But because world oil production hasn't increased since those promises were made, economists and energy users have wondered whether Saudi Arabia has elected, for political reasons, not to fulfill its vow.
Simmons says it's worse than that. Much like the biggest problem in the
fiasco was that analysts always trusted Enron managers' declarations about the strength of its financial assets, he says that the world has always taken Saudi Arabia at its word for its oil assets. He now believes that it cannot be trusted.
He notes that the six major oil fields in Saudi Arabia, all discovered between 1940 and 1967, produce about 95% of Saudi oil. The Saudis produce 10% of the world's oil from them at the world's lowest prices, and the Saudis are the only serious provider of "spare" capacity on the planet. A single field, Ghawar, which is the world's largest, was discovered in 1948 and produces up to 60% of the kingdom's total.
He believes that production at these mature fields has peaked. While that doesn't mean they'll run out tomorrow, they're becoming much harder and more expensive to exploit efficiently. It's like a person getting older and suffering from arterial sclerosis: They slow down and become increasingly less capable. The Saudis are now using intense water-injection techniques to improve production, he says, a technique that can ultimately lead to catastrophic pressure failure.
Aramco disputes his claim, but Simmons notes correctly that its principal answer comes down to an Enron-like "Trust me." There's no solid independent data source of Saudi oil production. "A lack of verified data leaves the world in the dark," he told the Hudson Institute.
Aramco's response: Current oil output can reach 10.5 million barrels a day; proven reserves are 260 billion barrels; there are 200 billion more barrels of "undiscovered" oil underground in such unexploited zones as the deepwater Red Sea, the Iraq border and the bottom section of the Empty Quarter; finding and development costs are "incidental" (50 cents per barrel); and the kingdom can safely produce 10 million to 15 million barrels a day for the next 50 years.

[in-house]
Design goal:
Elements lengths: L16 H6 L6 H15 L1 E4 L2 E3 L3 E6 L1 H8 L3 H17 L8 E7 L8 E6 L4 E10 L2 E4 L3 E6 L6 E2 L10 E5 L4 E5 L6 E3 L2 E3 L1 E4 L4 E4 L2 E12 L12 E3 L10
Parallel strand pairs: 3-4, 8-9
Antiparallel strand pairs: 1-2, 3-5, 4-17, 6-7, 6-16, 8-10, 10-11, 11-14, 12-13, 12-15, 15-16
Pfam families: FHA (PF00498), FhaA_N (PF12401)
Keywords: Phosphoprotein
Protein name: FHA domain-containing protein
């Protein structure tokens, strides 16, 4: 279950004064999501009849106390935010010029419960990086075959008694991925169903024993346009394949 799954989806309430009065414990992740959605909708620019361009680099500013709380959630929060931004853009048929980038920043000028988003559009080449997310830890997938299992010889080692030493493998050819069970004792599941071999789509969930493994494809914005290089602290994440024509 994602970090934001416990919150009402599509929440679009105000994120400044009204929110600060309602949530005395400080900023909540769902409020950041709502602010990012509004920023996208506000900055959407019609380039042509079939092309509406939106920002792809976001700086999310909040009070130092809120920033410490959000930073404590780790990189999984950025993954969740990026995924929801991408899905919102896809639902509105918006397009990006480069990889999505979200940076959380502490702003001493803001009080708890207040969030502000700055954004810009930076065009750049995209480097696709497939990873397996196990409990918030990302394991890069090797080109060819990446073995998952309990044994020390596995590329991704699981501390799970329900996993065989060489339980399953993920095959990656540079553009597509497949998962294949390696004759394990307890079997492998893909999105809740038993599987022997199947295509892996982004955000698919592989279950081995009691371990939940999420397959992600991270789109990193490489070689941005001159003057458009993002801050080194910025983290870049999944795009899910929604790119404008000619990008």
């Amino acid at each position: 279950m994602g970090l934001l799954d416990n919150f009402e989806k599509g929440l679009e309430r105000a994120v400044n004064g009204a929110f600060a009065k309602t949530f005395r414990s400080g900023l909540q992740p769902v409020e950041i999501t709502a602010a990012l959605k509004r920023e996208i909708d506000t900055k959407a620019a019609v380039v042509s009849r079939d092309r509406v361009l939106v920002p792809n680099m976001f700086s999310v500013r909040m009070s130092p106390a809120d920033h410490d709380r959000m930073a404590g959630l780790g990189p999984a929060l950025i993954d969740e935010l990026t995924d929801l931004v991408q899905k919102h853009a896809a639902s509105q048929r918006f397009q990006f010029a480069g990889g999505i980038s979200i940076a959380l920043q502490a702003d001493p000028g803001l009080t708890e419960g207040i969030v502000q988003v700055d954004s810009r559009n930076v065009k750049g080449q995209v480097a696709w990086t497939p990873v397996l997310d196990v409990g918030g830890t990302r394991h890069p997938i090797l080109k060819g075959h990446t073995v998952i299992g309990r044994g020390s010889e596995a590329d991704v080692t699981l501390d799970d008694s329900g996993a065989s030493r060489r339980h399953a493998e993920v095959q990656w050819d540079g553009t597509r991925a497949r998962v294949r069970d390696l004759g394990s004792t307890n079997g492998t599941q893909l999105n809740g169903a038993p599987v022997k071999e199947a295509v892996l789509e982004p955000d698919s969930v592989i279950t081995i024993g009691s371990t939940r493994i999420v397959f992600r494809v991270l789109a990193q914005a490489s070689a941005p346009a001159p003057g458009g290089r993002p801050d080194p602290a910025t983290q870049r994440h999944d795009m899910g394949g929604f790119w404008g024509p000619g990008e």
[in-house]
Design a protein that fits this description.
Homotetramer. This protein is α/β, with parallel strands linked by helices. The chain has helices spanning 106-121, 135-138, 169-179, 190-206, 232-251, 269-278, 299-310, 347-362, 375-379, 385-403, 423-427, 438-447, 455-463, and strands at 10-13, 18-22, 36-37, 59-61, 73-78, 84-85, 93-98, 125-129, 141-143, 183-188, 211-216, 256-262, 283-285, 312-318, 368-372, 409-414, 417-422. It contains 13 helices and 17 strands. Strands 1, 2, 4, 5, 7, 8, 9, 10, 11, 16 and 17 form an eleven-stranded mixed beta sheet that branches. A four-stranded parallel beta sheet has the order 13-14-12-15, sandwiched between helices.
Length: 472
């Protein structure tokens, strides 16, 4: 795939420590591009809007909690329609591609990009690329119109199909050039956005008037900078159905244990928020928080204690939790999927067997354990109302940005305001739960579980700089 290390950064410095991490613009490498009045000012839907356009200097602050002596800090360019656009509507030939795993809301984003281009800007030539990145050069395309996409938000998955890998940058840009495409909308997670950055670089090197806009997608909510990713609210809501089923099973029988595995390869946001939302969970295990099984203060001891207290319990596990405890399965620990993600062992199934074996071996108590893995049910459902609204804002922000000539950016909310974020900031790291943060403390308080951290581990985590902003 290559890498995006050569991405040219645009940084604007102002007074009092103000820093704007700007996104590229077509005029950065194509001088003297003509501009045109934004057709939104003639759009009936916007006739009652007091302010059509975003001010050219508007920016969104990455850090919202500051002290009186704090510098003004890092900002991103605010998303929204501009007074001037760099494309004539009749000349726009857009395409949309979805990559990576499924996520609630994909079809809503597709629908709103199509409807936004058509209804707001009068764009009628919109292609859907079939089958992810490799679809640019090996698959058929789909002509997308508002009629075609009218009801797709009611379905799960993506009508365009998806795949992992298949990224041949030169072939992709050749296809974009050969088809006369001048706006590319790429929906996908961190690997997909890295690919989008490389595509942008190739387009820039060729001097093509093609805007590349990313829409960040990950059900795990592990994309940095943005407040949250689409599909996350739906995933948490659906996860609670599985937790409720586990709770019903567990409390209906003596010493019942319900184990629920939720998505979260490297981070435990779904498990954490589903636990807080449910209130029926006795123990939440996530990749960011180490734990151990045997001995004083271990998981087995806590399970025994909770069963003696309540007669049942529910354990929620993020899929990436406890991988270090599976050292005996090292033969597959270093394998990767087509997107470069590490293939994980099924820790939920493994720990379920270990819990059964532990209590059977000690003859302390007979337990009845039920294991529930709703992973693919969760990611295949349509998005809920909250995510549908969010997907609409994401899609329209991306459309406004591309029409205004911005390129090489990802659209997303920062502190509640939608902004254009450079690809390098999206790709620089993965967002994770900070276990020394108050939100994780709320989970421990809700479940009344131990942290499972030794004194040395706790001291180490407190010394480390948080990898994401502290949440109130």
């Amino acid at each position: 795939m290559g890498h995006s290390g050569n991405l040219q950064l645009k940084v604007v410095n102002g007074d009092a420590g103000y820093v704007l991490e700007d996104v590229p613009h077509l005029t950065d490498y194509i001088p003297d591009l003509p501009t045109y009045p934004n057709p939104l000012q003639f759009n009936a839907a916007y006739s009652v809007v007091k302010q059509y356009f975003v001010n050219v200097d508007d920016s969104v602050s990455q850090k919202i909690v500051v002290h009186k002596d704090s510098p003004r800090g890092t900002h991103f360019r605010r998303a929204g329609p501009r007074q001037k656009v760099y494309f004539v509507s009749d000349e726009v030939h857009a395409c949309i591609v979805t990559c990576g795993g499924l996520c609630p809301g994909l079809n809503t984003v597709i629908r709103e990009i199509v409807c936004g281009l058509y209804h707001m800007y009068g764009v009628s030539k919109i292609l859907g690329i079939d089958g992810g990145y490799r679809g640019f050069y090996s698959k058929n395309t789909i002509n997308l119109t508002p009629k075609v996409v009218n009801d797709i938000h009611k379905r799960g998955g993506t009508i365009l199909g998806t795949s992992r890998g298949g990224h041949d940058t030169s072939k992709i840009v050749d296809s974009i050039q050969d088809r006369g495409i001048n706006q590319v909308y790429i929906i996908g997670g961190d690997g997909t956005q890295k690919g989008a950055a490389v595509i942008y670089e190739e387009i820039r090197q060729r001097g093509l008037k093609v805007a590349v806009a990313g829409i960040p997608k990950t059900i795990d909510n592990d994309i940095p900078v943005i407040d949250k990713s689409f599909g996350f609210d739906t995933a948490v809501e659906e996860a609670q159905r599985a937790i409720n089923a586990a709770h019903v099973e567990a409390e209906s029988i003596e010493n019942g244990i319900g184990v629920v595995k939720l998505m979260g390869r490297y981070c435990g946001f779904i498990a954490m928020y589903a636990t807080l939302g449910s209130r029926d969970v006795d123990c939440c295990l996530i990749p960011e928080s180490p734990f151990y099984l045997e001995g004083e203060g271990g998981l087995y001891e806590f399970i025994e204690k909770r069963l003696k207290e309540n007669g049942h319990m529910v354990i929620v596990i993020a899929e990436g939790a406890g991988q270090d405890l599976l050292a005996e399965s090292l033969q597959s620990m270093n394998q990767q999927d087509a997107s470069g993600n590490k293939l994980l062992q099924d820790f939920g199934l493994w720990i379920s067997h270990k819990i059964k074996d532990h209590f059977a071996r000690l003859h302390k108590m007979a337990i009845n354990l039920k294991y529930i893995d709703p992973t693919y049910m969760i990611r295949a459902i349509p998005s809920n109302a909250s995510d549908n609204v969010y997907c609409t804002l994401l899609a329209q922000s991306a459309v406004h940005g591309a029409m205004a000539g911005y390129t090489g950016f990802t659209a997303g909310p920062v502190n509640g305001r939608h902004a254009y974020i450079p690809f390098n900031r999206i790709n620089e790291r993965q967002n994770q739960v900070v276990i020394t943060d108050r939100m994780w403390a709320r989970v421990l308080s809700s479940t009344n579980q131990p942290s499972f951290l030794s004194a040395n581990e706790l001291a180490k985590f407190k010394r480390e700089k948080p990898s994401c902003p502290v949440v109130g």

Aramco's argument essentially boils down to a claim that new horizontal, "super-straw" drilling and pressurization techniques will save their day. Simmons, in turn, argues that new techniques are simply accelerating the production of the last "easily produced" oil. He also contends that new projects in areas known as Qatif, Abu Sa'fah and Hawtah are only offsetting declines in other fields. And finally, he asserts that the old-timers of Exxon and Chevron who ran Aramco through the 1970s used valid techniques to estimate Ghawar's reserves at 61 billion barrels and all Saudi fields at 108 billion barrels. If those estimates prove accurate, he says, "the end is in sight."
Simmons is calling for a "new era of transparency" -- timely, field-by-field verified data -- so the world can really see what the Saudis have. They need to abandon their old practices of secrecy and lead OPEC on this. Without better assurances, he says, the lack of a valid Plan B could be catastrophic to world economic progress.
Of course, Simmons has a pony in this race. The more the world needs to build new fields, the more his investment bank can finance. But his views demand attention nonetheless, especially in light of the Saudis' recent lack of forcefulness in adding capacity to push oil prices down today.
Jon D. Markman is publisher of
StockTactics Advisor, an independent weekly investment newsletter, as well as senior strategist and portfolio manager at Pinnacle Investment Advisors. At the time of publication, Markman had positions in the following stocks mentioned in this column: ExxonMobil. While he cannot provide personalized investment advice or recommendations, he welcomes column critiques and comments at